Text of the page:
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  • Visit a local amateur radio club and talk to friendly hams
  • Visit an amateur radio station
  • Visit local amateur radio dealers and browse through radio catalogues
  • Inquire about local amateur radio courses
  • Search for amateur radio books in local library



 Industry Canada Introduces Alternatives to Morse Requirement for HF!

For details, click here to read Canada Gazette Notice DGRB-003-05

"Morse code will no longer be the sole additional requirement by which Canadian radio amateurs will gain access to the HF bands, but it will remain as one valid criterion."


There is only one certificate, but there are three quite distinct qualification levels that one can earn, with privileges accorded to each. These are:

  • Basic Qualification - Effective as of July 30th, 2005, the pass mark for the Basic Qualification Exam is now 70% instead of 60%. This allows an operator access to bands above 30MHz. A mark of 80% or above will allow access to the HF bands below 30MHz, not exceeding direct current input power of 250W.

  • Advanced Qualification - Enables an amateur to design and construct equipment, supervise club station operations and repeater station installations. An amateur who has a Certificate with Basic and Advanced Qualifications has access to the HF bands and is limited to a maximum transmitting power of 1000W direct current input power.

  • Morse Code Qualification - Morse code will no longer be the sole additional requirement by which Canadian radio amateurs will gain access to the HF bands, but it will remain as one valid criterion.

"Grandfathering" Criteria -  For details on the new criteria to operate on the HF bands, click here on Canada Gazette Notice DGRB-003-05

All licensed amateurs and persons interested in becoming an amateur radio operator should visit the web site links listed above to read in detail the revised Canada Radiocommunication Act which is effective immediately as of July 30, 2005.


Visit RAC link: Amateur Radio Clubs in Canada at http://www.rac.ca/clubs.htm to find out if there are any local amateur radio clubs near you . Then, contact them to see if they offer any courses.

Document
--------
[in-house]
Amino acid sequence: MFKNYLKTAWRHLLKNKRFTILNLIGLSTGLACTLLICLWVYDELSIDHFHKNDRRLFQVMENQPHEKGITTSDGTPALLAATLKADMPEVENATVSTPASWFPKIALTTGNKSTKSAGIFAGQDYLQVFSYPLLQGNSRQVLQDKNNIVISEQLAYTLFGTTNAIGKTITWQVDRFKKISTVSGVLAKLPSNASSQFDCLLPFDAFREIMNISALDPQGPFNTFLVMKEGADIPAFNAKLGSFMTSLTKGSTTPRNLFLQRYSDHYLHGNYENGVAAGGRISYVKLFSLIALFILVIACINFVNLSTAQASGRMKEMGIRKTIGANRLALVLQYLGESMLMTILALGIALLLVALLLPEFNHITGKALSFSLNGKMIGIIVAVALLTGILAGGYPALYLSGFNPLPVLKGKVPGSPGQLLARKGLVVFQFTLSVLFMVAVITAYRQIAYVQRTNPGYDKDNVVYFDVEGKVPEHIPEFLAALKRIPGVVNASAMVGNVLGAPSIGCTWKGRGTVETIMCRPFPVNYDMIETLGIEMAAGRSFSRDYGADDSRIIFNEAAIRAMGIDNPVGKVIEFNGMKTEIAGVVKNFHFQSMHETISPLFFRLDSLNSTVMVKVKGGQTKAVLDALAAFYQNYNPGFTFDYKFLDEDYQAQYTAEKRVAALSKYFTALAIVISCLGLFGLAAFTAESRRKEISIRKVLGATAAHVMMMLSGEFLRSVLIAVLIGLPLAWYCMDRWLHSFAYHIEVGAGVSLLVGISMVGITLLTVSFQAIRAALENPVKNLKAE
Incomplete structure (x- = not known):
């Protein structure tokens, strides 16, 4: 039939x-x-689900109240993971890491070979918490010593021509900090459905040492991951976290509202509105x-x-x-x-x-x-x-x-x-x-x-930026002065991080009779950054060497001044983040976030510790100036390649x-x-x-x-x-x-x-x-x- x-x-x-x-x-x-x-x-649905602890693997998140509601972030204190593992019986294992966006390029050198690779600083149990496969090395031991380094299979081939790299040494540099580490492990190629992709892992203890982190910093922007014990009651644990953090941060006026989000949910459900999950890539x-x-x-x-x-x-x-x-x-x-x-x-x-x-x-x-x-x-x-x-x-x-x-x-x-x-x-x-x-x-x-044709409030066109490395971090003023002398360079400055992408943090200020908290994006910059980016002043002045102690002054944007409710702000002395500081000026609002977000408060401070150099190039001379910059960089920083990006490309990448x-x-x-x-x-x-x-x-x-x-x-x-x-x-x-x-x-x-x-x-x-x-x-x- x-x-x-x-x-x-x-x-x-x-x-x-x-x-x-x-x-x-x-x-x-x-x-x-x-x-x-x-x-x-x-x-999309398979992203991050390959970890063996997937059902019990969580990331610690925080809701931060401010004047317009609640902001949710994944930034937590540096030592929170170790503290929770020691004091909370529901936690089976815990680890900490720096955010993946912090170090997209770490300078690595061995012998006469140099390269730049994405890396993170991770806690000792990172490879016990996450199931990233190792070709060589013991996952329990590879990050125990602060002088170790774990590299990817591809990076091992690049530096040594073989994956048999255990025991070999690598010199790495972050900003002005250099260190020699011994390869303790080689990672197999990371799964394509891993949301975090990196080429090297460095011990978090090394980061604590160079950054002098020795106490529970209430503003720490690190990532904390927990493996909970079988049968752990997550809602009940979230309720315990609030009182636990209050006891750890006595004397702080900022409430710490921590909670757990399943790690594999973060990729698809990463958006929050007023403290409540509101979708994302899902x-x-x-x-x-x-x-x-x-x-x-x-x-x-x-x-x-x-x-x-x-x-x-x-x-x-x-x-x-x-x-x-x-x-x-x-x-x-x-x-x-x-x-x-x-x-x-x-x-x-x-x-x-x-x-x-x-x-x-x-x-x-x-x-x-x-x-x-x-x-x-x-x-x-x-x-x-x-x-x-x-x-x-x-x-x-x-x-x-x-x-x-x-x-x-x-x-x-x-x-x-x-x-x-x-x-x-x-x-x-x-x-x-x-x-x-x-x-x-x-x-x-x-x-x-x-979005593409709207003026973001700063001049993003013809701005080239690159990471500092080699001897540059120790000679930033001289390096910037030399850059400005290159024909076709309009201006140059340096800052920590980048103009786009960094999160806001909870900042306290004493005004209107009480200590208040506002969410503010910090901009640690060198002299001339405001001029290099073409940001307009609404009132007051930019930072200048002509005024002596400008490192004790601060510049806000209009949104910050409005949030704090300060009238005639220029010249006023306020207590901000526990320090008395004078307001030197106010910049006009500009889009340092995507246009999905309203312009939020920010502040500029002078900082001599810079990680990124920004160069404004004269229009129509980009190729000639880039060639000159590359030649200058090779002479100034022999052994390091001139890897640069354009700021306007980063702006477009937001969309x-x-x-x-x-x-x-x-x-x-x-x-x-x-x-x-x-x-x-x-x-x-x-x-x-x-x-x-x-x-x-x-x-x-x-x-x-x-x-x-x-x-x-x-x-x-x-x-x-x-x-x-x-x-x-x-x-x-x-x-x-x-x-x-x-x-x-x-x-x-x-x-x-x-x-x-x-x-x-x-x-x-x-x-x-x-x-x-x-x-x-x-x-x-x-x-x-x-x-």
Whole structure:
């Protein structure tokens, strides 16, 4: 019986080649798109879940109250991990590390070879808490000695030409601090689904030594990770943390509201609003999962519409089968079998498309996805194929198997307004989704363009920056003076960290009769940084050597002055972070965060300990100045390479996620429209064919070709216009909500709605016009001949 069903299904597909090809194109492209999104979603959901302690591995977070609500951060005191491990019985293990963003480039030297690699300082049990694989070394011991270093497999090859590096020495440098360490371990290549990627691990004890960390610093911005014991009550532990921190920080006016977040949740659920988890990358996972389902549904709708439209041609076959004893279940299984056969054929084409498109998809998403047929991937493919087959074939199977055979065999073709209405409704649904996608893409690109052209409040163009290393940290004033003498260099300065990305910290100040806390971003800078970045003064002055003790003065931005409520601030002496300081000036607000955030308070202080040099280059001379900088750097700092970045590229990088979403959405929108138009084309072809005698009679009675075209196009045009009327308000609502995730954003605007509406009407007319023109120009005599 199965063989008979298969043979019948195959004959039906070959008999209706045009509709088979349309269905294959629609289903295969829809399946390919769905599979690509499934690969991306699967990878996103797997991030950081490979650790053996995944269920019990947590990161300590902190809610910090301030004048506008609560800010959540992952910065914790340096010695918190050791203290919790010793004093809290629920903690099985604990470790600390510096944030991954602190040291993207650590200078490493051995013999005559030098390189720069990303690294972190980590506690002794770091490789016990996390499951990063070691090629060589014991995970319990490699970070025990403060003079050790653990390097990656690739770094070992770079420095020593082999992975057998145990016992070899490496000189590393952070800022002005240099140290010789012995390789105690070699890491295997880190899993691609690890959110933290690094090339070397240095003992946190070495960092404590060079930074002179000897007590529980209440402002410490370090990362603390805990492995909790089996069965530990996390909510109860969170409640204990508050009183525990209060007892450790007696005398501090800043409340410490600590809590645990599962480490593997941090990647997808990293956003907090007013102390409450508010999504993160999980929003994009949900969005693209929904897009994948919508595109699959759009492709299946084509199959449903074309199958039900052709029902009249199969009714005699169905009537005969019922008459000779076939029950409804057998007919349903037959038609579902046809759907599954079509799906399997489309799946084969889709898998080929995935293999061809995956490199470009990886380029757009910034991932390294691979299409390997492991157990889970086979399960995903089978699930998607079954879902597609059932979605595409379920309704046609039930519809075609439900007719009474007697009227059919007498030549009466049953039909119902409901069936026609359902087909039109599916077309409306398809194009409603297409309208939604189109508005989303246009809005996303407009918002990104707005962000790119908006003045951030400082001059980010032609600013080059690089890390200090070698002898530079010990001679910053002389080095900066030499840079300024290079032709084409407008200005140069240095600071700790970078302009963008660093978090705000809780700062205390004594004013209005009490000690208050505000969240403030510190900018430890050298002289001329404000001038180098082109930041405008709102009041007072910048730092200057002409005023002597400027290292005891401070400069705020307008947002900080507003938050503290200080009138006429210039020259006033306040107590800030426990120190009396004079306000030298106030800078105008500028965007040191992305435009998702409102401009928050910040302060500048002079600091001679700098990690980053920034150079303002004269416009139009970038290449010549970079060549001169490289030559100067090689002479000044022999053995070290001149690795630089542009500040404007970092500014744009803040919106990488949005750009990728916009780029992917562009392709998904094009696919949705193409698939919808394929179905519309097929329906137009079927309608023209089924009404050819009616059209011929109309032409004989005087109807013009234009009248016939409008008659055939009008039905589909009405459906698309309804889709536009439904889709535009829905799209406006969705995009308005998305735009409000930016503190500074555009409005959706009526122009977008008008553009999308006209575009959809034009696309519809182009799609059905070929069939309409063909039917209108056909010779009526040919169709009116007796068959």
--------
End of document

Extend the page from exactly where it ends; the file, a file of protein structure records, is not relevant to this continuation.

If there are no courses in your area, you may choose to purchase a study guide and study alone, take self study internet courses and/or find an Elmer (mentor) to help you. When you are ready to be examined, you may either seek out a delegated examiner affiliated with an amateur radio club, technical school, the Amateur Radio Service Centre or contact a radio inspector at the closest district office of Industry Canada.


For more information visit website http://www.hamstudy.com. HAMSTUDY.COM was designed by Frank VanderZande VE7AV who has been an amateur radio course instructor for several decades and worked 36 years for the federal govenment in communication and spectrum management.

Any questions email: [email protected]

  • RAC Operating Manual
  • The ARRL Handbook for Radio Amateurs
  • The ARRL Antenna Book
  • The Canadian Amateur Magazine
  • CQ Magazine
  • QST Magazine

  • RAC Study Guide for the Basic Qualification
  • Industry Canada Question Bank for the Amateur Radio Basic Qualification
  • RAC Study Guide for the Advanced Qualification
  • Industry Canada Question Bank for the Amateur Radio Advanced Qualification

  • Com-West Radio Systems Ltd.
    8171 Main St.
    Vancouver, B.C.
    (604) 321-3200

  • Buraby Radio Communications Ltd.
    4257 Hastings St.
    Burnaby, B.C.
    (604) 298-5444

  • Radio Amateurs of Canada
    720 Belfast Road, Suite 217
    Ottawa, Ontario
    K1G 0Z5
    Email: [email protected]


New Basic and Advanced examinations were implemented July 1, 2000. These question banks are available for downloading from the Industry Canada web sites below. Use newest version of Adobe Acrobat Reader to open following links.


Amateur Certification - Fact Sheet

This amateur radio service web page will provide information on how you can obtain an Amateur Radio Operator Certificate and a Call Sign.

When you qualify for an Amateur Radio Licence, you apply for a callsign which is used to identify your station. Callsigns in Canada usually have a prefix consisting of two letters followed by a number, followed by a two or three letter suffix. This map shows the normal callsign prefixes for different regions of Canada.

  • Industry Canada
    Spectrum Management - Radio
    Licensing & Investigation,
    17th Floor
    13401 - 108th Ave.
    Surrey, B.C.,
    V3T 5V6

    Phone: (604) 666-5468 or 1-800-667-3780

  • Industry Canada
    Amateur Radio Service Centre
    P.O. Box 9654
    Postal Station "T"
    Ottawa, ON
    K1G 6K9

    E-mail address:  [email protected]
    Telephone:  1-888-780-3333 (Toll free)
    Fax number:  1-613-991-5575


Support your local Amateur Radio Club and join
Radio Amateurs of Canada (RAC).